An Ace on the bench

Posted by jdg | Saturday, February 02, 2008 |

Every morning that I sleep past seven seems like the last, a gift, so it's cherished. I'm like a convicted white-collar felon embracing freedom for his last few days before showing up at the penitentiary door; I have a list of things that I want to do one last time, knowing it will be eons before I get to do them again. At the top of this list is sleeping. A lot.

When dropping the wife off for her last day of work yesterday, I realized, too, that I would no longer be able to just put the kid in the car and take her on the long, rambling drives we love around the city or out into the country, just the two of us. Instead of heading home that morning, we took Michigan Avenue west, the old pre-interstate Chicago road. Along the way I asked her again what she thought we should name her baby brother.

"Yagi-Yogi," she said without hesitation. This is her top choice among her five personal favorites, which also include Munja, Li-Li, Ace and Biddy-Bada-Boo.

"How 'bout Kwame?" I ask.


"I like Ace," I said.


"I don't know. He could be a quarterback."

She lets me stop to take pictures of old neon motel signs, those former beacons to weary travelers who'd park their DeSotos or Studebakers outside tidy little rooms, now dreary homes with low weekly rates for entire families who've been evicted or faced foreclosure, chainsmoking prostitutes, and other down-on-their-luck types. We pass trailer parks. Strip clubs advertising one-dollar chilidogs. Poverty that's the same as in Detroit, really, just a different color.

Our destination is the world's greatest thrift store, and it doesn't disappoint. I've hardly bought any clothes for little Yagi-Yogi yet, so the kid patiently follows me through rack after rack of tiny sleepers and onesies and teensy-weensie button-down shirts, taking seriously her role in helping me find clothes for her baby brother. I seem to always hit the motherload of early-eighties primary-color faded-label polyester goodness at this thrift store. Two hours and $76.42 later we leave with 45 outfits, five pairs of shoes, 15 sleepers, a bunch of toys, and three plastic bags full of books, including several lost bellbottom-age children's lit masterpieces such as Jennifer Jean, The Cross-Eyed Queen and About Handicaps:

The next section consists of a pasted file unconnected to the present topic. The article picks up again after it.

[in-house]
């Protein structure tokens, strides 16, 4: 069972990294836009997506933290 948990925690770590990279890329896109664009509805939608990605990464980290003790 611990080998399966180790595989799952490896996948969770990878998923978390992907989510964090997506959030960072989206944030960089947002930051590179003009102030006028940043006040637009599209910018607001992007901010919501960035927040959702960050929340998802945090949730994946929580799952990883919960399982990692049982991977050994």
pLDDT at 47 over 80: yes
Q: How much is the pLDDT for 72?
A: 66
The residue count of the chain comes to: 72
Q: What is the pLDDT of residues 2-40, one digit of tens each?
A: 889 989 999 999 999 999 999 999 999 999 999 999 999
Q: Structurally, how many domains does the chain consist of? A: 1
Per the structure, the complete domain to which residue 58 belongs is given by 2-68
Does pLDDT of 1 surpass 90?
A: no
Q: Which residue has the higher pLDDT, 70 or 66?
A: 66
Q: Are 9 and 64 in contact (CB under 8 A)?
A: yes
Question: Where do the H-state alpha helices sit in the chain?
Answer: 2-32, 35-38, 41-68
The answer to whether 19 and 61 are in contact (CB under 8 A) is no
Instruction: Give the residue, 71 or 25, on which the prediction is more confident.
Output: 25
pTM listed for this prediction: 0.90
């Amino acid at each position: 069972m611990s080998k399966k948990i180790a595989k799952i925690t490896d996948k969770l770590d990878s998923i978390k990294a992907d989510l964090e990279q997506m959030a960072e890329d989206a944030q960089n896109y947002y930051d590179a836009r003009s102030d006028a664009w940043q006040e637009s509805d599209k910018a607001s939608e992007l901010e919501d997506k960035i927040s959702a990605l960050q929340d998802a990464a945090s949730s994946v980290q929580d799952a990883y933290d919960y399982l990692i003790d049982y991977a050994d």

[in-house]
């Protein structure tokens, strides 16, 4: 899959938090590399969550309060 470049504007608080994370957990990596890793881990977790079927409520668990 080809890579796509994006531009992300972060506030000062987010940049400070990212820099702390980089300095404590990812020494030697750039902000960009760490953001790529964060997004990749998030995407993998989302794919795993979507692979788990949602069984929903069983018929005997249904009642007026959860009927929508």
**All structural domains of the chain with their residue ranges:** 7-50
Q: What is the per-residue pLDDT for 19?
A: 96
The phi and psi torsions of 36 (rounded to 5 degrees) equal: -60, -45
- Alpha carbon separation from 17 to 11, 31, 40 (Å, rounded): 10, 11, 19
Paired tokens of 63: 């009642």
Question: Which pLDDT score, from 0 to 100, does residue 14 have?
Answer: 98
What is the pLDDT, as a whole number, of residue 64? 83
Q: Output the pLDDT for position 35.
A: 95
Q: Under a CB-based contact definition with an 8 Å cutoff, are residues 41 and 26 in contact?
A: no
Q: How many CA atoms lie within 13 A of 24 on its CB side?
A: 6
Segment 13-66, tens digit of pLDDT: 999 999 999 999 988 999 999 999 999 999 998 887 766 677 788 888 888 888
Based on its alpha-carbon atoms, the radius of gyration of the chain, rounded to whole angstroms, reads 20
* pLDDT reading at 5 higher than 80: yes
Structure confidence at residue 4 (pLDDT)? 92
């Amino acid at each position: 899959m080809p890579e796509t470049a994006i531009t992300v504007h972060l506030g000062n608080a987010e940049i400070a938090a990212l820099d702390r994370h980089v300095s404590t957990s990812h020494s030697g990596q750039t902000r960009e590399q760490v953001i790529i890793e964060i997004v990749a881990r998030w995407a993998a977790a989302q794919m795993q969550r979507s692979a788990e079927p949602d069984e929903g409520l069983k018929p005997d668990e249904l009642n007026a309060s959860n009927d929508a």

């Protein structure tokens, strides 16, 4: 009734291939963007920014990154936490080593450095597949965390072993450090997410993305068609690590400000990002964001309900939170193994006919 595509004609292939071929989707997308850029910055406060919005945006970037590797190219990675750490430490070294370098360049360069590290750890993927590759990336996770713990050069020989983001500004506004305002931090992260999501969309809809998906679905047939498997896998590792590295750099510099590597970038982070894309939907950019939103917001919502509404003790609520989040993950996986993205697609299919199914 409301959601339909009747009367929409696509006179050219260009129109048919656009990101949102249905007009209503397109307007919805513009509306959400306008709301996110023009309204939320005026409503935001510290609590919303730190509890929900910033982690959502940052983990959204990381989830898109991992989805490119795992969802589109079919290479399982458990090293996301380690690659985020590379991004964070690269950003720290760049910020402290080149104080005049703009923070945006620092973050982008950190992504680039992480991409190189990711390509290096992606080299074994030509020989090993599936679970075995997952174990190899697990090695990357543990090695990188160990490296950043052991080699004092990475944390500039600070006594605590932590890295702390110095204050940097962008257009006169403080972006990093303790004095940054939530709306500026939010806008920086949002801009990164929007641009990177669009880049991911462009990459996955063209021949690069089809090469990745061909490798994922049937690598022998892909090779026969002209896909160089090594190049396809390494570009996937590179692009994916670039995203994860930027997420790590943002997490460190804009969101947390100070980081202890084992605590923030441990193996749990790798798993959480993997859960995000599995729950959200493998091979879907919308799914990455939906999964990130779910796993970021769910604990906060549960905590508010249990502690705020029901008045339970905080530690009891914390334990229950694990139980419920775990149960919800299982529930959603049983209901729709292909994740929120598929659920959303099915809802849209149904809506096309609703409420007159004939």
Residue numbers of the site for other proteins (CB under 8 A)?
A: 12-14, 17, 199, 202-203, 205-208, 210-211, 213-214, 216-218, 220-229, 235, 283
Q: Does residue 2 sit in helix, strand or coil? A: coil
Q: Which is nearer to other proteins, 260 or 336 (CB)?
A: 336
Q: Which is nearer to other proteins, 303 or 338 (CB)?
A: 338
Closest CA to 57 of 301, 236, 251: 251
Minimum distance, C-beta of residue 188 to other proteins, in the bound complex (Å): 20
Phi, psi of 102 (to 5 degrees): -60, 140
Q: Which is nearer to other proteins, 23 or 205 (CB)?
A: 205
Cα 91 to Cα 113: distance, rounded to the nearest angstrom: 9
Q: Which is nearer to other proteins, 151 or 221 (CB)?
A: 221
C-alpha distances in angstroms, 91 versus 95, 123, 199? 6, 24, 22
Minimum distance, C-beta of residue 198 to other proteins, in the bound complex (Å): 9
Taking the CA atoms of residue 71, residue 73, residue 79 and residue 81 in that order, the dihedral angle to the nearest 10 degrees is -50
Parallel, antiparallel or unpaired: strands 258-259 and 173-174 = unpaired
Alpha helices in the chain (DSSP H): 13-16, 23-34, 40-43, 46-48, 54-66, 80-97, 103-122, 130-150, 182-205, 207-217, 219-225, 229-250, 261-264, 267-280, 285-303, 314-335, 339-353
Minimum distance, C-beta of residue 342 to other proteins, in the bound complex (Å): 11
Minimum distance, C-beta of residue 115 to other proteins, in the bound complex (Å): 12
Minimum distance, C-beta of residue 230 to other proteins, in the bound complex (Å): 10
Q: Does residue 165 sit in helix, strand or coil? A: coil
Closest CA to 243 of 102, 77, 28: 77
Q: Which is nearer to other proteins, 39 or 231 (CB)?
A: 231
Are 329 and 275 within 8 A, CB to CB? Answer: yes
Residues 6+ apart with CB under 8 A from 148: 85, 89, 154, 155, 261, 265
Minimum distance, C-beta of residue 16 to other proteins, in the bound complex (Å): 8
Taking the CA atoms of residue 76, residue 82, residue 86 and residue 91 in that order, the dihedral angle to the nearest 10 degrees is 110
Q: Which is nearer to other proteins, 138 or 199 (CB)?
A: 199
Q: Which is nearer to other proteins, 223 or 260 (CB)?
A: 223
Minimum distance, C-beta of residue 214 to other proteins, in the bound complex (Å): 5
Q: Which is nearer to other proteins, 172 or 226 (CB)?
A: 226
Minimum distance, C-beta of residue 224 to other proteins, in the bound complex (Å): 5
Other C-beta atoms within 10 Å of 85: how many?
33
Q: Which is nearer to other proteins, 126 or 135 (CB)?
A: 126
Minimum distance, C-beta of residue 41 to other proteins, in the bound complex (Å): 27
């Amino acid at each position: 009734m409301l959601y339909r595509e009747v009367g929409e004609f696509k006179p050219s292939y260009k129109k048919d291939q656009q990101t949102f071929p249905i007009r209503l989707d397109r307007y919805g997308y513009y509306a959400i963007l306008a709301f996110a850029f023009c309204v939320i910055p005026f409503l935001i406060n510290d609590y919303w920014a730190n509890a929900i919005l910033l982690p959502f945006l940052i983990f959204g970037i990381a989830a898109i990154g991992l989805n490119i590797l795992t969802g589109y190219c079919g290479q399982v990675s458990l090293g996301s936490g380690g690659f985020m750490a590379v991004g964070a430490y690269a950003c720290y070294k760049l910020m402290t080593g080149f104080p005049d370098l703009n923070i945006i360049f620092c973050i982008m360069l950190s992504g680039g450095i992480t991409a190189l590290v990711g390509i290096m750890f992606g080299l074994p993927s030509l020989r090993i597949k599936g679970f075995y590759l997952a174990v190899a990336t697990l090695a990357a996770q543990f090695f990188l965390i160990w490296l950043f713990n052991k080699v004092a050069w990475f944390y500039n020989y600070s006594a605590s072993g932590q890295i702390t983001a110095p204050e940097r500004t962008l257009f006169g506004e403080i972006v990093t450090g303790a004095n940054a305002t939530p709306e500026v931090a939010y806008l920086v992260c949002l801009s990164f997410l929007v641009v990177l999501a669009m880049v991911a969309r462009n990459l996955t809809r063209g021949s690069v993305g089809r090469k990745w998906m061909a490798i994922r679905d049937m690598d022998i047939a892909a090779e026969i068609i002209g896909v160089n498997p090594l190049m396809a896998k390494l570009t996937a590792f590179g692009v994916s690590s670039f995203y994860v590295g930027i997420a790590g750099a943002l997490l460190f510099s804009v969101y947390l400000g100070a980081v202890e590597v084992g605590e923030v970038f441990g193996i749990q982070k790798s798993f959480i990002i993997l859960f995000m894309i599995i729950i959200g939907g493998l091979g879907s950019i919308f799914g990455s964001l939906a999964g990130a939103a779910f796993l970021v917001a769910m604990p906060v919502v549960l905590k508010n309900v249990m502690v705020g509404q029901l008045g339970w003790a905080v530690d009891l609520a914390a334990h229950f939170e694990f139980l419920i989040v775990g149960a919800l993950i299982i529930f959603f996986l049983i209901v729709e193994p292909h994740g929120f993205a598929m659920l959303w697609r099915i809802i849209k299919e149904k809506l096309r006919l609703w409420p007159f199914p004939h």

I'm telling you, when I get done organizing the kid's library, we're going to have dewey-decimal subdivisions for hairlip-sensitivity fiction and illustrated polio memoirs.

After the thrift store, we take the dog for a long walk in a nature preserve I used to hike in all the time during law school. I check that off my list. We walk around Ann Arbor, stopping at Krazy Jim's Blimpy Burger for a late lunch. She's no Blimpy novice: she takes a single patty with an egg, pickles, and mayo. She snuggles up next to me in the booth, shares her deep-fried broccoli. On the way home, she needs to pee. To prevent her whining about it, I tell her we need to be a team and look out the window for a good place to stop. "What's a team?" she asks.

"It's two people who work together to help each other out."

"Are we a team, Dada?" she asks.

"We are." I say. We were, I think, a really good team. We meander back down Michigan Avenue, stopping whenever we see something interesting, until we see the Detroit skyline in the distance. When it's five o'clock we pick up her mother at the old road's terminus, or its beginning, depending on how you look at it. She waddles out of her building and into the car. "Done with work," she sighs. "Now let's have this baby already."